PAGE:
Future Models - Maserati 2010 GranCabrio
Maserati GranCabrio arrives earlier, cheaper
Stretch out: The four-seater Maserati GranCabrio offers room to move.
Lower than expected pricetag for GranCabrio – the car Maserati made despite the GFC
5 February 2010
MASERATI’S first four-seater convertible has landed in Australia with a pricetag of $338,000 plus on-road costs – less than $20,000 more expensive than the car on which it is based, the GranTurismo S coupe.
With about 20 of the 45 cars destined for Australia already spoken for, Maserati SpA commercial director Raffaele Fusilli says markets such as Australia will help to keep the Italian luxury marque profitable in 2010.
“Australia is one of the countries in the world that we see great opportunity for the convertible,” he said at this week’s official opening of the new $32 million Ferrari Maserati Sydney dealership, where the GranCabrio made its debut Australian appearance.
First deliveries of the GranCabrio, a mocked-up left-hand drive display version of which was shipped in especially for the event hosted by local Ferrari and Maserati importer Ateco Automotive, will start earlier than expected, in April.
“We find that in Australia we are in touch with the customer more so than in other countries in the world,” said Mr Fusilli at what he described as “the best showroom in the world for Maserati”.
“Our customers in Australia in a very short time, thanks to the efforts of (Ateco), understand the DNA of Maserati – sportiness and exclusivity.
“Australia is considered all over the world for its open air, the environment, the weather itself … the perception is that the kind of buyer here will fit very well with the DNA of the car. We are very confident the car will succeed.”
Mr Fusilli said the existence of the GranCabrio, which is already in production for Australia, represented a vote of confidence in the born-again brand from the chief of its parent company Fiat (and Chrysler), Sergio Marchionne.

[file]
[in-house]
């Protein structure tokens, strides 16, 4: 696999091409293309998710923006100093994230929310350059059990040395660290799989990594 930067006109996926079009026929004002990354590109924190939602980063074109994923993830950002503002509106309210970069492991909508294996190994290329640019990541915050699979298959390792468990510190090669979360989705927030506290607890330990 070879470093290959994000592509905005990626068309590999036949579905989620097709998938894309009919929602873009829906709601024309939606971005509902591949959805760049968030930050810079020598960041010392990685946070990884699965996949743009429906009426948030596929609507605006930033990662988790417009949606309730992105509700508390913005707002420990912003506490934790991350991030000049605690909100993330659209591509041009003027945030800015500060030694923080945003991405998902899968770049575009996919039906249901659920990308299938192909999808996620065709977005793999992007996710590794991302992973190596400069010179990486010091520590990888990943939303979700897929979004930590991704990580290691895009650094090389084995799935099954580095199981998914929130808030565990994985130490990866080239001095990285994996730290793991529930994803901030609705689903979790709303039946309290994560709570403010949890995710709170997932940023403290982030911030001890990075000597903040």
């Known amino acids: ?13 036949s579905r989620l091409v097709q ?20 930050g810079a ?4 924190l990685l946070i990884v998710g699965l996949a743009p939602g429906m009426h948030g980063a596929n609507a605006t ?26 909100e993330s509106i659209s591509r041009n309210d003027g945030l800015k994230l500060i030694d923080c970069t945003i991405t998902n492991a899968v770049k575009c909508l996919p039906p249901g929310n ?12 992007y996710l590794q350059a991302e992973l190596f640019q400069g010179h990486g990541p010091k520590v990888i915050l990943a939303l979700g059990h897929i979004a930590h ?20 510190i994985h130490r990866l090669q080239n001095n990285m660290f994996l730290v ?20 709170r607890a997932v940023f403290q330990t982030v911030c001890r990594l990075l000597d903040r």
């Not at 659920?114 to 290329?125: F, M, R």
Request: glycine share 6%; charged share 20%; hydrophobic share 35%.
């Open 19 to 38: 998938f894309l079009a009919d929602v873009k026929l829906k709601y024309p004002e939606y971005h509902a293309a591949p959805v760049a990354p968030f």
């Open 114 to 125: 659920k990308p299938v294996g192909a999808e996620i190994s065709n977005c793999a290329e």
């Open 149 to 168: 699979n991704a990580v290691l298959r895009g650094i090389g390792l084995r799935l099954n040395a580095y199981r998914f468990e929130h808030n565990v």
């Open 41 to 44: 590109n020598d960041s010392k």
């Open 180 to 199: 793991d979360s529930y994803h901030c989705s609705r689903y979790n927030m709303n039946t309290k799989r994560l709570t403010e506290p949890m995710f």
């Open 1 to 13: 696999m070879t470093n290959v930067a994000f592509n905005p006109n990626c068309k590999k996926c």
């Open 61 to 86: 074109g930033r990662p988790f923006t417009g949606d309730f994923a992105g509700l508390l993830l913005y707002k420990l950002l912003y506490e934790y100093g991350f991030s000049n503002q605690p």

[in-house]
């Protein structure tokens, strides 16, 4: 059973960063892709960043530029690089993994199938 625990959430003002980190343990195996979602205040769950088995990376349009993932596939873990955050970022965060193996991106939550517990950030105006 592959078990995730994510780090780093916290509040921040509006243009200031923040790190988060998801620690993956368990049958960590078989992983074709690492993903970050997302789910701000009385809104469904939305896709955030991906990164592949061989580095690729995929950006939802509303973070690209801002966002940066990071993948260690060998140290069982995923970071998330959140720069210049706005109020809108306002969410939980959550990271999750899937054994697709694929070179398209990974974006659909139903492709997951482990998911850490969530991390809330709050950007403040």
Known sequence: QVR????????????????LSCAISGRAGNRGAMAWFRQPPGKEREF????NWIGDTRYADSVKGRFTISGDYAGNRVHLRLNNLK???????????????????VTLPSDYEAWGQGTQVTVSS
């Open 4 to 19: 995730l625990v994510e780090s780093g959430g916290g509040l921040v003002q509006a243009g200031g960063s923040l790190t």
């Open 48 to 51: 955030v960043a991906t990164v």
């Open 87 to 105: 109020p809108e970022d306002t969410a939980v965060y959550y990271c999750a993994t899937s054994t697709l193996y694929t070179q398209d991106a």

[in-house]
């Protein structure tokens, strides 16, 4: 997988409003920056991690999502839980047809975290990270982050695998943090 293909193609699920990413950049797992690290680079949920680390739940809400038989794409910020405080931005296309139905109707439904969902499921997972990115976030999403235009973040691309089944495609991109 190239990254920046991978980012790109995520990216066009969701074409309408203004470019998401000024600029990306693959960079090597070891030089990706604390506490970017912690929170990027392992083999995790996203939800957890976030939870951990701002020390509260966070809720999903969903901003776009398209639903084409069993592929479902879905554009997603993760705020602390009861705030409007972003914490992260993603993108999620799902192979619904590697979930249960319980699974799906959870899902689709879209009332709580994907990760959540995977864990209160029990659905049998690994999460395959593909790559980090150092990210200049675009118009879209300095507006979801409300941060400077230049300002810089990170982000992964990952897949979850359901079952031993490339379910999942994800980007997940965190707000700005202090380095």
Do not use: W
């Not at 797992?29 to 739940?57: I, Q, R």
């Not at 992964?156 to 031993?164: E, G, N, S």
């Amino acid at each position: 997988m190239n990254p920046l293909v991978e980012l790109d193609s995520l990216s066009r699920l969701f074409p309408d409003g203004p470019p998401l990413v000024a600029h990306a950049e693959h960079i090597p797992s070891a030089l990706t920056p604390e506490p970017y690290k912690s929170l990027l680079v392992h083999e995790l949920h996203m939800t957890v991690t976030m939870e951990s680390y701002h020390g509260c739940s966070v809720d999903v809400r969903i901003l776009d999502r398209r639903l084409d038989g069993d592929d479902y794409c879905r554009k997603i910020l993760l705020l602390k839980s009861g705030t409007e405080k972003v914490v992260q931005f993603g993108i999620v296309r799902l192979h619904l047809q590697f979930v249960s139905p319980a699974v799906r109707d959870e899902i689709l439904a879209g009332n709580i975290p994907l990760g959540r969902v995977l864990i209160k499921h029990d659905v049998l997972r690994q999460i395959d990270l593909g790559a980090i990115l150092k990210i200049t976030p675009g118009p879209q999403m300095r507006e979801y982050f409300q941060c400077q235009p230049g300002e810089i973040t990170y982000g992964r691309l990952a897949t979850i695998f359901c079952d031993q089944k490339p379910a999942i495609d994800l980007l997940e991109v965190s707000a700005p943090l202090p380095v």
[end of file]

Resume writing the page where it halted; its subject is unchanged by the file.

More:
“The convertible project was finalised in the last quarter of 2008,” he said. “So in the full crisis with the Lehman brothers Marchionne said ‘go ahead with the convertible because I believe in the brand, I trust in Maserati, I trust in the ability to make money – you and the network’.”
Ferrari Maserati Sydney dealer principal and head of Maserati in Australia, Edward Butler, said he expected the GranCabrio would grow Maserati’s business locally, but sales of the brands other two models – the Quattroporte sedan and GranTurismo coupe – would remain static.
“We’re expecting to sell about 165 cars in 2010, of which 45 would be convertibles, so we expect that (sales of existing models) to be consistent,” he said.
“On the GranTurismo we’re taking a lot of customers from Porsche, a little bit from BMW and some from Mercedes convertible customers.
“I think Maserati has actually brought down the average age of its customers considerably. The Quattroporte is the best selling ‘Maser’ of all time, but the GranTurismo has brought it (the brand’s average customer age) down quite a lot.”
Mr Butler said the GranCabrio, which is known as the GranTurismo Convertible in the US, would come to Australia fully equipped for $338,000 with options limited to cosmetic additions including different wheels, luggage accessories and interior trim choices.
That makes the four-seater Maserati soft-top considerably more affordable than Ferrari’s new California coupe-convertible, the price of which was reduced from $472,000 to $459,650 in October.
The GranCabrio will also be more affordable than the original price of the GranTurismo S Coupe, which donates its underpinnings and its Ferrari-derived 323kW/490Nm 4.7-litre V8. The GT S Coupe price was reduced from $345,900 to $328,500 last August, making the GranCabrio just $9500 pricier than the model on which it is based.
Riding on the longest wheelbase in its class, the GranCabrio is claimed to be the only premium cabriolet with four full-size seats.
GoAuto sampled the sumptuously leather-clad interior of the ex-Frankfurt show display model, the soft-top and boot of which were inoperable, and can attest the GranCabrio’s twin rear bucket seats offer legroom on par with the Quattroporte sedan.
Mr Fusilli confirmed ahead of its launch in Europe this week that the GranCabrio would offer a top speed of 284km/h and a claimed 0-100km/h acceleration time of 5.4 seconds.
That makes it half a second slower than the 1880kg GranTurismo S (which also offers a superior – 295km/h – top speed), thanks to significant weight gains wrought by extensive body reinforcements for the open-top model.
However, the GranCabrio – the first Maserati convertible available in Australia since the 3200 GT Coupe-based Spyder disappeared in 2006 – remains quicker than the standard (298kW/460Nm) GranTurismo coupe.
As we’ve previously reported, the Grancabrio was originally designed as a two-seat model with a folding hard-top, but this architecture later became the basis for sister company Ferrari’s new California.